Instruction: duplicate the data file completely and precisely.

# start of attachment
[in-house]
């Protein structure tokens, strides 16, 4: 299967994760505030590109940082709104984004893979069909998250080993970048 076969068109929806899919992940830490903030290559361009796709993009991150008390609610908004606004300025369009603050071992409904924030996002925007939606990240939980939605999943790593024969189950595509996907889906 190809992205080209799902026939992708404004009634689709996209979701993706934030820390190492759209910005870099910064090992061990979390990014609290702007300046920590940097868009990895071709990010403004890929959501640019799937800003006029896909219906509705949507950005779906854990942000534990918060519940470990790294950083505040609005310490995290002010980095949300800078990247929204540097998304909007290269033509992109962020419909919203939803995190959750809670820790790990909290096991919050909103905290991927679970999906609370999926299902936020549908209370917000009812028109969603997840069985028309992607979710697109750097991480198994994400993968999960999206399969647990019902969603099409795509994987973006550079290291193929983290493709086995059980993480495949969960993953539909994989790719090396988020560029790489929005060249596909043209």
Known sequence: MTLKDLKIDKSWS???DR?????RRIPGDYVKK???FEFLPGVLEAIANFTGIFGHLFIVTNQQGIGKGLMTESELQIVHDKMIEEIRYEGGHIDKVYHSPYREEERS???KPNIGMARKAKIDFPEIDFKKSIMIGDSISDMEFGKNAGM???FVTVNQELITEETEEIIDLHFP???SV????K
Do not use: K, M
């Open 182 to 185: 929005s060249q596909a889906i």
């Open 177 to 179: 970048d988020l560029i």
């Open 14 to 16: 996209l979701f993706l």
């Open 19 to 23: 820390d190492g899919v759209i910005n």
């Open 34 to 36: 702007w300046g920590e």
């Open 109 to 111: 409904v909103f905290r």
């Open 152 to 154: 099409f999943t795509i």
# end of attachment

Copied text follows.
[in-house]
């Protein structure tokens, strides 16, 4: 299967994760505030590109940082709104984004893979069909998250080993970048 076969068109929806899919992940830490903030290559361009796709993009991150008390609610908004606004300025369009603050071992409904924030996002925007939606990240939980939605999943790593024969189950595509996907889906 190809992205080209799902026939992708404004009634689709996209979701993706934030820390190492759209910005870099910064090992061990979390990014609290702007300046920590940097868009990895071709990010403004890929959501640019799937800003006029896909219906509705949507950005779906854990942000534990918060519940470990790294950083505040609005310490995290002010980095949300800078990247929204540097998304909007290269033509992109962020419909919203939803995190959750809670820790790990909290096991919050909103905290991927679970999906609370999926299902936020549908209370917000009812028109969603997840069985028309992607979710697109750097991480198994994400993968999960999206399969647990019902969603099409795509994987973006550079290291193929983290493709086995059980993480495949969960993953539909994989790719090396988020560029790489929005060249596909043209």
Known sequence: MTLKDLKIDKSWS???DR?????RRIPGDYVKK???FEFLPGVLEAIANFTGIFGHLFIVTNQQGIGKGLMTESELQIVHDKMIEEIRYEGGHIDKVYHSPYREEERS???KPNIGMARKAKIDFPEIDFKKSIMIGDSISDMEFGKNAGM???FVTVNQELITEETEEIIDLHFP???SV????K
Do not use: K, M
């Open 182 to 185: 929005s060249q596909a889906i």
């Open 177 to 179: 970048d988020l560029i």
């Open 14 to 16: 996209l979701f993706l």
């Open 19 to 23: 820390d190492g899919v759209i910005n």
């Open 34 to 36: 702007w300046g920590e």
């Open 109 to 111: 409904v909103f905290r």
């Open 152 to 154: 099409f999943t795509i």